Creating a Simple REST API With Slim Framework

by Shahroze Nawaz  June 8, 2016

The internet is chock full of third-party and custom APIs that offer a wide range of functionalities. PHP offers several frameworks for web app development rapidly. However, time is always the enemy of web developers and the app needs to be pushed at an impossible deadline. In such times, frameworks are the best option for rapid application development.

rest api with slim framework

In this tutorial, I will introduce you to Slim framework for PHP. Slim is fast becoming the most-opted framework for API development and small web apps. Although you can create REST API in several other frameworks like CakePHP, Symfony Laravel, Codeigniter, they have a steep learning curve and are often too cumbersome to use in rapid development scenarios.

Understanding Slim Framework

Slim is super lightweight framework, ideal for rapid web app development. One of the important usages is in REST API development. Slim supports all HTTP method (GET,POST,PUT,DELETE). Slim contains very handy URL structure with routers, middlewares, bodyparser along with page templates, flash messages, encrypted cookies and lots more.

At this point, it is important to understand the structure of the REST API.

Related: Creating Twig Templates in Slim Microframework

Understanding REST API

REST is the abbreviation of Representational State Transfer. This is a bridge or medium between data resource and application interface, whether it’s on mobile devices or desktops. REST provides a block of HTTP methods which are used to alter the data. The following are common HTTP methods:

GET is used for reading and retrieving data.
POST is used for inserting data.
PUT is used for updating data.
DELETE is used for deleting data.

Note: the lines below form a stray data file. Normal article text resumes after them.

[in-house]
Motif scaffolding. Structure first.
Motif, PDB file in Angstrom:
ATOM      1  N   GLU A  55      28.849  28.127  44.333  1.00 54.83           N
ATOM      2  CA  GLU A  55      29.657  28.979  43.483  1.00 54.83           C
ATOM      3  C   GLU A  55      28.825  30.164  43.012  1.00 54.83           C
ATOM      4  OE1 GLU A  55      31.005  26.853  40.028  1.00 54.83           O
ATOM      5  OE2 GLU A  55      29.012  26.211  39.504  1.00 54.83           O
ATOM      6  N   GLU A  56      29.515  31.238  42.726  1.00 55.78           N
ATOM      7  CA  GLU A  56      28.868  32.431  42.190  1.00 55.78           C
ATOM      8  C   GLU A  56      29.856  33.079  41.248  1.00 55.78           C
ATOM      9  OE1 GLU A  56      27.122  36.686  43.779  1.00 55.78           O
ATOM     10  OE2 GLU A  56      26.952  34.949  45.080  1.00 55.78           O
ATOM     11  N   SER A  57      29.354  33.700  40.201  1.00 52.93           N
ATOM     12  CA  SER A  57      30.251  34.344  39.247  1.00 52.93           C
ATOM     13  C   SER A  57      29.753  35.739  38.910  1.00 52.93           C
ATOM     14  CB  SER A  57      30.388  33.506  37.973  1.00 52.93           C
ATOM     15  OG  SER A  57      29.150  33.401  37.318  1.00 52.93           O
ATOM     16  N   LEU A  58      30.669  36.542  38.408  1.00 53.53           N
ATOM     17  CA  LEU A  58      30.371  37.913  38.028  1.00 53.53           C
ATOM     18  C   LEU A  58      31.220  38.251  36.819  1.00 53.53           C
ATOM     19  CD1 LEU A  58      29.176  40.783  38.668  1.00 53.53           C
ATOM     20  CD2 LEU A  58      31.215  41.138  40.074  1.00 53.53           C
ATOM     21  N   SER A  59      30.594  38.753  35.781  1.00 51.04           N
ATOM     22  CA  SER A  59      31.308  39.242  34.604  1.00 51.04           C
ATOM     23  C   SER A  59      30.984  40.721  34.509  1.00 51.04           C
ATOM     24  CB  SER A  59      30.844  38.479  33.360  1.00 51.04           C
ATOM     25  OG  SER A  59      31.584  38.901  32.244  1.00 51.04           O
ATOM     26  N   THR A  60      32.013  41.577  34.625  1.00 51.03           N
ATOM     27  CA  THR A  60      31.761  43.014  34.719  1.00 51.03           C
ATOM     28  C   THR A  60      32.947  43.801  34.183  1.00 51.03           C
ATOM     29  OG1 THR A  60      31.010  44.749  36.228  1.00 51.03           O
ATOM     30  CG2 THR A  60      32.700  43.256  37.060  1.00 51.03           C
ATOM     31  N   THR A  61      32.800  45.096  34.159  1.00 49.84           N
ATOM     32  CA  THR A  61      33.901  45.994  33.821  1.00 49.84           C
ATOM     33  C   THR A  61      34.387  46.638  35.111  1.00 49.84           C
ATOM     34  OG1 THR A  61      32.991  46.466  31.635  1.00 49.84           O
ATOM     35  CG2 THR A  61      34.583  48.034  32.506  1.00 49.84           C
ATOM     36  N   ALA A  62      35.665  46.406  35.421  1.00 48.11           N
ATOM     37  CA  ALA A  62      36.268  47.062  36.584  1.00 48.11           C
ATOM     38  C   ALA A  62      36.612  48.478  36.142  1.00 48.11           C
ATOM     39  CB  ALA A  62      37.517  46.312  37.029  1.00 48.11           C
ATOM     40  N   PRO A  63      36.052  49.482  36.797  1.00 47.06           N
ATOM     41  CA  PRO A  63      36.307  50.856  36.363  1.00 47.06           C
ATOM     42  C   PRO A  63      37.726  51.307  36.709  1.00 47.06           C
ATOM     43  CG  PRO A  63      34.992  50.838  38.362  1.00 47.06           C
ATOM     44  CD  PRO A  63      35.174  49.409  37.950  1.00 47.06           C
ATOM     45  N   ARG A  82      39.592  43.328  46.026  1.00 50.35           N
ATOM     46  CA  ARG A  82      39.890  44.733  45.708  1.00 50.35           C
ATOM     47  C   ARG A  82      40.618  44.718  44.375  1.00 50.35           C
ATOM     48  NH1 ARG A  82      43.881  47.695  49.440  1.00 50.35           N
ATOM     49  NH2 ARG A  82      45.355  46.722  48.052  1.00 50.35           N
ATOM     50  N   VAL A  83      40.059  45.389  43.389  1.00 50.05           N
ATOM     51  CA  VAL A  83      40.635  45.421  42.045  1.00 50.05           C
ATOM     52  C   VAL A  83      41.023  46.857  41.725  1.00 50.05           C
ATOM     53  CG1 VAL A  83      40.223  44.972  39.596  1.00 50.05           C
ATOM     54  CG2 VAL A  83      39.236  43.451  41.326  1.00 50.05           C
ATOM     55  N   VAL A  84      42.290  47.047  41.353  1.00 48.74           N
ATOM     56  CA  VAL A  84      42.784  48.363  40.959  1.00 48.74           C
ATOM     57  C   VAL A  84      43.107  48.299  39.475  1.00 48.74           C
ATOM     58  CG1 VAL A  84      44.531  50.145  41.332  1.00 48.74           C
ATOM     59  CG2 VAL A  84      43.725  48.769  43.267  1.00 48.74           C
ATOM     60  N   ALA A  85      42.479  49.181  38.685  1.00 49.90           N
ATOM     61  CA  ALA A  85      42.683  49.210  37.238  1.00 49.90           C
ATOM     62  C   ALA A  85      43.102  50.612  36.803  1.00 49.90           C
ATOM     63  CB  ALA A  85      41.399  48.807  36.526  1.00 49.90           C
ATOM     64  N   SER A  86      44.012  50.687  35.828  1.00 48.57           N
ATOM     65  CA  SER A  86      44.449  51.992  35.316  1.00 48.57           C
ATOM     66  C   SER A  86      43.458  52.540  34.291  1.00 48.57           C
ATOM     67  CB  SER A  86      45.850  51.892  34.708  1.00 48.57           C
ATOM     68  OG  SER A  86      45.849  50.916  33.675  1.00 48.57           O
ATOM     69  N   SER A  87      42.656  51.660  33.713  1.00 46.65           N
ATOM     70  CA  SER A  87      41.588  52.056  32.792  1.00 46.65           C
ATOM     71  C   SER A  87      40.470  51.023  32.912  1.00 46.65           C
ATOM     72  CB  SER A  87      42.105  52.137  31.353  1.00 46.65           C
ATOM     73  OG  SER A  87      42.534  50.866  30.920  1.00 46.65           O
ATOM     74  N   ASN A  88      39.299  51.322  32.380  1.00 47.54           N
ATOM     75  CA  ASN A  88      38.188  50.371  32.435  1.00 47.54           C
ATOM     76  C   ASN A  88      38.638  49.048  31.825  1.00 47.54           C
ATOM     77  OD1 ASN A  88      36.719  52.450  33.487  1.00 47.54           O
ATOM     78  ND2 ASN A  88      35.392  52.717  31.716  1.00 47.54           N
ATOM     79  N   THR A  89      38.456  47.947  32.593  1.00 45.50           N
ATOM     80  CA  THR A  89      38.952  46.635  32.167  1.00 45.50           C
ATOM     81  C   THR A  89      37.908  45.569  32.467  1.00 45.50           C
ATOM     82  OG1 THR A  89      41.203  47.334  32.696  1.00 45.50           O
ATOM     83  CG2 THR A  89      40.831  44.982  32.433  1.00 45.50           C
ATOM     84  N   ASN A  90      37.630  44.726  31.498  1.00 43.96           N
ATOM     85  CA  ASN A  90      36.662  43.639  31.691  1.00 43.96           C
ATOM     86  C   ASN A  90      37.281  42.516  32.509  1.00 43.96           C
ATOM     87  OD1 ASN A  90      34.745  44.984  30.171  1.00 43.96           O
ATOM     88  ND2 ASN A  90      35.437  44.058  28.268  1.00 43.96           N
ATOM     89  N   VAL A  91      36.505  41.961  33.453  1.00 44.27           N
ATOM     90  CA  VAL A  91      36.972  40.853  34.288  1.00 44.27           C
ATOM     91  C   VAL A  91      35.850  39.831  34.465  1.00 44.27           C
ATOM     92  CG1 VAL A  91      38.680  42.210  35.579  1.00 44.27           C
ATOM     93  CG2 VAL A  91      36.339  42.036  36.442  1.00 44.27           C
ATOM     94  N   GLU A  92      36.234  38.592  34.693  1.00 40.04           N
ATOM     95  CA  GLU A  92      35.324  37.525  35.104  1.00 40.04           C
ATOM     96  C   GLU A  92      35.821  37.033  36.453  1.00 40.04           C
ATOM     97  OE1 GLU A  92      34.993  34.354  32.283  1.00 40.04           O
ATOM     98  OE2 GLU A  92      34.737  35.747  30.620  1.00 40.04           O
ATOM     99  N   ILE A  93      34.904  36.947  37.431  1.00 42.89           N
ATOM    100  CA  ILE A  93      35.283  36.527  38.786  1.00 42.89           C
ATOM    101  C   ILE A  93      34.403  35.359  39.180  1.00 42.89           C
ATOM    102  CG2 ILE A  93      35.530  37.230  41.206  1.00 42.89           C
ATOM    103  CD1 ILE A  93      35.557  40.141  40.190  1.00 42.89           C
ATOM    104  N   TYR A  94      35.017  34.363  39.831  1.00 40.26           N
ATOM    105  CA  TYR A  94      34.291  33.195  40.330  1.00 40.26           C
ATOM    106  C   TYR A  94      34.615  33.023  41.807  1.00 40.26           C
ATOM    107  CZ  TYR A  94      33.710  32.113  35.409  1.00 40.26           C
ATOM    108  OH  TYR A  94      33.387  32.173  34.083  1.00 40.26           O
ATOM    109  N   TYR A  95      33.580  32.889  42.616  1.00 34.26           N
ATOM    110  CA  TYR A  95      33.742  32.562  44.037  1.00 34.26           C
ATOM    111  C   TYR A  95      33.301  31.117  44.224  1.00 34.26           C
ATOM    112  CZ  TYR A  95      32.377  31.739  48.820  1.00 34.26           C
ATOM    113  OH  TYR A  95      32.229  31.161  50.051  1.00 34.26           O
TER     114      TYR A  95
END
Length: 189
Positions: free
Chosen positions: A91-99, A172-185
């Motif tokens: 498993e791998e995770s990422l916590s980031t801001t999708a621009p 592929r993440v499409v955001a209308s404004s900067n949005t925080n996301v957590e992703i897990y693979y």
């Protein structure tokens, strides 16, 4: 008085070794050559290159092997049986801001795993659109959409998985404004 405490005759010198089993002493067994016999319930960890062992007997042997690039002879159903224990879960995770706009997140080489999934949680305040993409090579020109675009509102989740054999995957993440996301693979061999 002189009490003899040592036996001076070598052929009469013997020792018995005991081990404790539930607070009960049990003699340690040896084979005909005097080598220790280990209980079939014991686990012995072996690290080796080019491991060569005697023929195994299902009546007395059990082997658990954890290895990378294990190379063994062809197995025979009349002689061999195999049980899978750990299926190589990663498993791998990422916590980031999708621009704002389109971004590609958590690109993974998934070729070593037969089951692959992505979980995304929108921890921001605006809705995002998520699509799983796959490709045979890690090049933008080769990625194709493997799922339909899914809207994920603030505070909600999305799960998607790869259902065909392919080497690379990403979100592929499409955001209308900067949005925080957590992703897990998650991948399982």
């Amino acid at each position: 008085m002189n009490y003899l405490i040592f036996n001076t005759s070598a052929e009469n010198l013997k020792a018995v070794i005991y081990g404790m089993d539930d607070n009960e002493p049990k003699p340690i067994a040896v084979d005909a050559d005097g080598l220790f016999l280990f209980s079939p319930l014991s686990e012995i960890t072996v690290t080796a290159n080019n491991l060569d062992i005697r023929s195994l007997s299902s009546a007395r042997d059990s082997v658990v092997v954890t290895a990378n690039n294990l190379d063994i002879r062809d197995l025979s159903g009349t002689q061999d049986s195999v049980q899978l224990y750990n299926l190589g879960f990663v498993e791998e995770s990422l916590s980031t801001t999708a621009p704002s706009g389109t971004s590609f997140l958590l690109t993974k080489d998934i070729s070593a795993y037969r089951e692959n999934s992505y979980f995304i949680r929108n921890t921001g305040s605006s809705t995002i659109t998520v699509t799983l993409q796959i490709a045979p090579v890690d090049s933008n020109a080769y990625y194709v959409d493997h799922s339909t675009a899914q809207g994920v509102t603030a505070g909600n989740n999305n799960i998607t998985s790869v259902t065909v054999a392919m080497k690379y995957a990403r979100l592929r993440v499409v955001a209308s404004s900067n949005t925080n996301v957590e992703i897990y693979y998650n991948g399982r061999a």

Basically, REST phenomena works on actions and resources. Whenever any action URL is invoked, it performs an individual method (or a set of methods) on that URL. I will further discuss this below with examples.

First we will need to install Slim framework for the REST API project.

I assume that you already have your Cloudways server launched with PHPstack and if you didn’t launch your server signup to get it.

(Note: You may use promo code: PHP15 to get FREE Cloudways hosting credit of $15 on signup.)

php server cloudways

After creating the server  launch SSH terminal.

launch ssh terminal

Step 1: Install Slim Framework From Composer

Open SSH terminal from the Cloudways panel and and sign in with your username and password. Now go to the folder where you want to install SLIM with cd command

terminal command

Input the following command in the terminal to install Slim via composer.

terminal installation

After installing Slim, the following piece of code will require it in the index.php file to require autoload file and instantiate Slim.

Composer comes pre-installed on Cloudways servers. If you are working on the localhost, you need to install it. If you haven’t installed it yet, just go to the following link and follow the instructions.

Step 2: Making a .htaccess File for Clean URL Structure

To make your life easier, you should create a .htaccess file that defines clean URL structure. At the root directory, make a .htaccess file and add the below code in it. This will provide a clean URL structure for the PHP file. (this just means that you don’t want to include PHP filename in the URL calls).